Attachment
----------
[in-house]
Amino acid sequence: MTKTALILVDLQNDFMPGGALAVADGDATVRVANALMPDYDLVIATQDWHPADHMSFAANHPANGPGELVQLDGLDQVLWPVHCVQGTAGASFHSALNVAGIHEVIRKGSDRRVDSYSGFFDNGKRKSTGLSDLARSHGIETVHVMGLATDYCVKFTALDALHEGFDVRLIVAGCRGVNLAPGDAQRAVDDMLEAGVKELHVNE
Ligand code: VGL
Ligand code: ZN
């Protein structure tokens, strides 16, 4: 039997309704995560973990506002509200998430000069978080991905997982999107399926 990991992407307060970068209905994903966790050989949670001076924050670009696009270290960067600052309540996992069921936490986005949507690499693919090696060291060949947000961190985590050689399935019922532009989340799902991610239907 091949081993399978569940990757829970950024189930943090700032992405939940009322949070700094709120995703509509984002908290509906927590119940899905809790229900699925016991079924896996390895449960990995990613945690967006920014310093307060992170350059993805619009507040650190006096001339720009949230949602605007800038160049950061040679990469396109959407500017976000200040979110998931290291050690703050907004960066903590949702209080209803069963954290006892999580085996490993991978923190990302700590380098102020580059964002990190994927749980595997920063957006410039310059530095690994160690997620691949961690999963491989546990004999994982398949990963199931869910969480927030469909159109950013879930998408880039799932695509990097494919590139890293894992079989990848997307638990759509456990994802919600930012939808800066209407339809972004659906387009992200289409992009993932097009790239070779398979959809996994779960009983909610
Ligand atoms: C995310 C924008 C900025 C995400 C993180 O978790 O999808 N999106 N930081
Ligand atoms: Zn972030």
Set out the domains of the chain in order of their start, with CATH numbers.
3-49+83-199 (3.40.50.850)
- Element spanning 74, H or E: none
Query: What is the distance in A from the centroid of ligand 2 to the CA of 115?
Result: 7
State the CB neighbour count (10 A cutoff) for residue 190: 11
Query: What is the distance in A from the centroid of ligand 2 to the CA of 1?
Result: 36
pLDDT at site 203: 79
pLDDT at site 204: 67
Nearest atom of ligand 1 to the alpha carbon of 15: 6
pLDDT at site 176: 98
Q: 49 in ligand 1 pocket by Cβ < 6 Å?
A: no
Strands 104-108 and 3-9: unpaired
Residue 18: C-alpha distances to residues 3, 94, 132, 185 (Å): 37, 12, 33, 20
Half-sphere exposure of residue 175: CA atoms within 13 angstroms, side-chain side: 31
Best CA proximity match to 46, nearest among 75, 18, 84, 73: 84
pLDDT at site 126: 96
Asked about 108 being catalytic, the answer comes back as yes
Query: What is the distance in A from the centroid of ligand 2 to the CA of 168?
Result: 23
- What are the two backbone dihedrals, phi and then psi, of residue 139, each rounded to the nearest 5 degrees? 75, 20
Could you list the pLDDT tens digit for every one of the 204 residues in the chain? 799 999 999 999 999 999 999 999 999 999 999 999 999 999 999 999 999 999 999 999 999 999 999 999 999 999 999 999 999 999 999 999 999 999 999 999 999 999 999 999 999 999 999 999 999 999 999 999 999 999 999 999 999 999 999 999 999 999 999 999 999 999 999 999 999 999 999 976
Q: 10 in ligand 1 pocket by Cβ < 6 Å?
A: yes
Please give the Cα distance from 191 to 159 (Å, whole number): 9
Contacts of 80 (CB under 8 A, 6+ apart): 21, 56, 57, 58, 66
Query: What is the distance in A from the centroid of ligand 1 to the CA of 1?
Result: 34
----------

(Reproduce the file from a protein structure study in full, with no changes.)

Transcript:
[in-house]
Amino acid sequence: MTKTALILVDLQNDFMPGGALAVADGDATVRVANALMPDYDLVIATQDWHPADHMSFAANHPANGPGELVQLDGLDQVLWPVHCVQGTAGASFHSALNVAGIHEVIRKGSDRRVDSYSGFFDNGKRKSTGLSDLARSHGIETVHVMGLATDYCVKFTALDALHEGFDVRLIVAGCRGVNLAPGDAQRAVDDMLEAGVKELHVNE
Ligand code: VGL
Ligand code: ZN
């Protein structure tokens, strides 16, 4: 039997309704995560973990506002509200998430000069978080991905997982999107399926 990991992407307060970068209905994903966790050989949670001076924050670009696009270290960067600052309540996992069921936490986005949507690499693919090696060291060949947000961190985590050689399935019922532009989340799902991610239907 091949081993399978569940990757829970950024189930943090700032992405939940009322949070700094709120995703509509984002908290509906927590119940899905809790229900699925016991079924896996390895449960990995990613945690967006920014310093307060992170350059993805619009507040650190006096001339720009949230949602605007800038160049950061040679990469396109959407500017976000200040979110998931290291050690703050907004960066903590949702209080209803069963954290006892999580085996490993991978923190990302700590380098102020580059964002990190994927749980595997920063957006410039310059530095690994160690997620691949961690999963491989546990004999994982398949990963199931869910969480927030469909159109950013879930998408880039799932695509990097494919590139890293894992079989990848997307638990759509456990994802919600930012939808800066209407339809972004659906387009992200289409992009993932097009790239070779398979959809996994779960009983909610
Ligand atoms: C995310 C924008 C900025 C995400 C993180 O978790 O999808 N999106 N930081
Ligand atoms: Zn972030």
Set out the domains of the chain in order of their start, with CATH numbers.
3-49+83-199 (3.40.50.850)
- Element spanning 74, H or E: none
Query: What is the distance in A from the centroid of ligand 2 to the CA of 115?
Result: 7
State the CB neighbour count (10 A cutoff) for residue 190: 11
Query: What is the distance in A from the centroid of ligand 2 to the CA of 1?
Result: 36
pLDDT at site 203: 79
pLDDT at site 204: 67
Nearest atom of ligand 1 to the alpha carbon of 15: 6
pLDDT at site 176: 98
Q: 49 in ligand 1 pocket by Cβ < 6 Å?
A: no
Strands 104-108 and 3-9: unpaired
Residue 18: C-alpha distances to residues 3, 94, 132, 185 (Å): 37, 12, 33, 20
Half-sphere exposure of residue 175: CA atoms within 13 angstroms, side-chain side: 31
Best CA proximity match to 46, nearest among 75, 18, 84, 73: 84
pLDDT at site 126: 96
Asked about 108 being catalytic, the answer comes back as yes
Query: What is the distance in A from the centroid of ligand 2 to the CA of 168?
Result: 23
- What are the two backbone dihedrals, phi and then psi, of residue 139, each rounded to the nearest 5 degrees? 75, 20
Could you list the pLDDT tens digit for every one of the 204 residues in the chain? 799 999 999 999 999 999 999 999 999 999 999 999 999 999 999 999 999 999 999 999 999 999 999 999 999 999 999 999 999 999 999 999 999 999 999 999 999 999 999 999 999 999 999 999 999 999 999 999 999 999 999 999 999 999 999 999 999 999 999 999 999 999 999 999 999 999 999 976
Q: 10 in ligand 1 pocket by Cβ < 6 Å?
A: yes
Please give the Cα distance from 191 to 159 (Å, whole number): 9
Contacts of 80 (CB under 8 A, 6+ apart): 21, 56, 57, 58, 66
Query: What is the distance in A from the centroid of ligand 1 to the CA of 1?
Result: 34